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BMC Infect Dis. 2014 Dec 31;14:714. doi: 10.1186/s12879-014-0714-x.

Topical antibiotics as a major contextual hazard toward bacteremia within selective digestive decontamination studies: a meta-analysis.

Abstract

BACKGROUND:

Among methods for preventing pneumonia and possibly also bacteremia in intensive care unit (ICU) patients, Selective Digestive Decontamination (SDD) appears most effective within randomized concurrent controlled trials (RCCT's) although more recent trials have been cluster randomized. However, of the SDD components, whether protocolized parenteral antibiotic prophylaxis (PPAP) is required, and whether the topical antibiotic actually presents a contextual hazard, remain unresolved. The objective here is to compare the bacteremia rates and patterns of isolates in SDD-RCCT's versus the broader evidence base.

METHODS:

Bacteremia incidence proportion data were extracted from component (control and intervention) groups decanted from studies investigating antibiotic (SDD) or non-antibiotic methods of VAP prevention and summarized using random effects meta-analysis of study and group level data. A reference category of groups derived from purely observational studies without any prevention method under study provided a benchmark incidence.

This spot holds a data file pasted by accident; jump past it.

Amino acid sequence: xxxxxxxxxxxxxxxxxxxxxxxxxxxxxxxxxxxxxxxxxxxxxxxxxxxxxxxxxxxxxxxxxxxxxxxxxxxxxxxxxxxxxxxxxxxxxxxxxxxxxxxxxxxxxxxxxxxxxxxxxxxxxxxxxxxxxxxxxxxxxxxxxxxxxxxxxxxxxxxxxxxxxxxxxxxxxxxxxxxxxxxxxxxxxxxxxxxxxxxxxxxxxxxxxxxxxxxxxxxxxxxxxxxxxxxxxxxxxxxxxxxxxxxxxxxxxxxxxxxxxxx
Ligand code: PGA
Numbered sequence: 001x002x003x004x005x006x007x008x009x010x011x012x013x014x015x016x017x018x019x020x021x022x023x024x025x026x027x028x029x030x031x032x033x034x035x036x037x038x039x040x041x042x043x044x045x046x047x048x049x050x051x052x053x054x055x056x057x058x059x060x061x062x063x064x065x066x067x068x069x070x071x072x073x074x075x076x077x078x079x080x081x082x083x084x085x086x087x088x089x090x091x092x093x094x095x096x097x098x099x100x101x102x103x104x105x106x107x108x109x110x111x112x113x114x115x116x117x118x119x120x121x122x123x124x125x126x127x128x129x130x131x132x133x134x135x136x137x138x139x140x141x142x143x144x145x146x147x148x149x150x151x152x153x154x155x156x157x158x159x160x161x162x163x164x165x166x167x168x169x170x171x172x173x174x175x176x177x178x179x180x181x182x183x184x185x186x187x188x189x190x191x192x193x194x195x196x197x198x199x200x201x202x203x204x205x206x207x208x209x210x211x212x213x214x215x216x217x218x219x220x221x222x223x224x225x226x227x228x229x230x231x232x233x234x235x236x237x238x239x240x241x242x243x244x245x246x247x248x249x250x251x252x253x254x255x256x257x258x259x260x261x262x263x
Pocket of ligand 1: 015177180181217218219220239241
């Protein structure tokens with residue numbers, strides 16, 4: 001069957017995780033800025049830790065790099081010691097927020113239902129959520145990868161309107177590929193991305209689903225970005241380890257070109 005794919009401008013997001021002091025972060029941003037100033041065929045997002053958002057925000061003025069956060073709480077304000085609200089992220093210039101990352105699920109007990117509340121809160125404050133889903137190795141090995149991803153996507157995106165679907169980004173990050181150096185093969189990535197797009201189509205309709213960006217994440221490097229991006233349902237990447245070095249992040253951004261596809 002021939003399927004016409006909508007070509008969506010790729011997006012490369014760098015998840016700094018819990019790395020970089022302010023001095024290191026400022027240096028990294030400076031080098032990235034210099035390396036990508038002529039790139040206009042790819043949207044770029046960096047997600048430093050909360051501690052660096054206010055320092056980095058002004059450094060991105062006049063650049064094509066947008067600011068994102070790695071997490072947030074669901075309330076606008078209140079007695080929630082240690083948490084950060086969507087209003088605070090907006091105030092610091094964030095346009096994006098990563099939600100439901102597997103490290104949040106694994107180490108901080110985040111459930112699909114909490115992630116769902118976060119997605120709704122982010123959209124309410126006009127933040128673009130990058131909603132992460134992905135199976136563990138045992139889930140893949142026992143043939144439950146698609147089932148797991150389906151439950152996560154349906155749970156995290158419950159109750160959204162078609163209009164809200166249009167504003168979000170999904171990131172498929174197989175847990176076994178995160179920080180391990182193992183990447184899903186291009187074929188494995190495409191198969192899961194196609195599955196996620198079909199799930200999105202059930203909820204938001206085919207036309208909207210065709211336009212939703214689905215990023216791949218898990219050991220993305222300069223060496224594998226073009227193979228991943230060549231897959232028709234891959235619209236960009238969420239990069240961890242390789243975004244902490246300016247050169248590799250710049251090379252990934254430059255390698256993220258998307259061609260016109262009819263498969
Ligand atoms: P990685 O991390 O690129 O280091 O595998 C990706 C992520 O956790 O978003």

RESULTS:

Within SDD RCCTs, the mean bacteremia incidence among concurrent component groups not exposed to PPAP (27 control; 17.1%; 13.1-22.1% and 12 intervention groups; 16.2%; 9.1-27.3%) is double that of the benchmark bacteremia incidence derived from 39 benchmark groups (8.3; 6.8-10.2%) and also 20 control groups from studies of non-antibiotic methods (7.1%; 4.8 - 10.5). There is a selective increase in coagulase negative staphylococci (CNS) but not in Pseudomonas aeruginosa among bacteremia isolates within control groups of SDD-RCCT's versus benchmark groups with data available.

CONCLUSIONS:

The topical antibiotic component of SDD presents a major contextual hazard toward bacteremia against which the PPAP component partially mitigates.

PMID:
25551776
PMCID:
PMC4300056
DOI:
10.1186/s12879-014-0714-x
[Indexed for MEDLINE]
Free PMC Article

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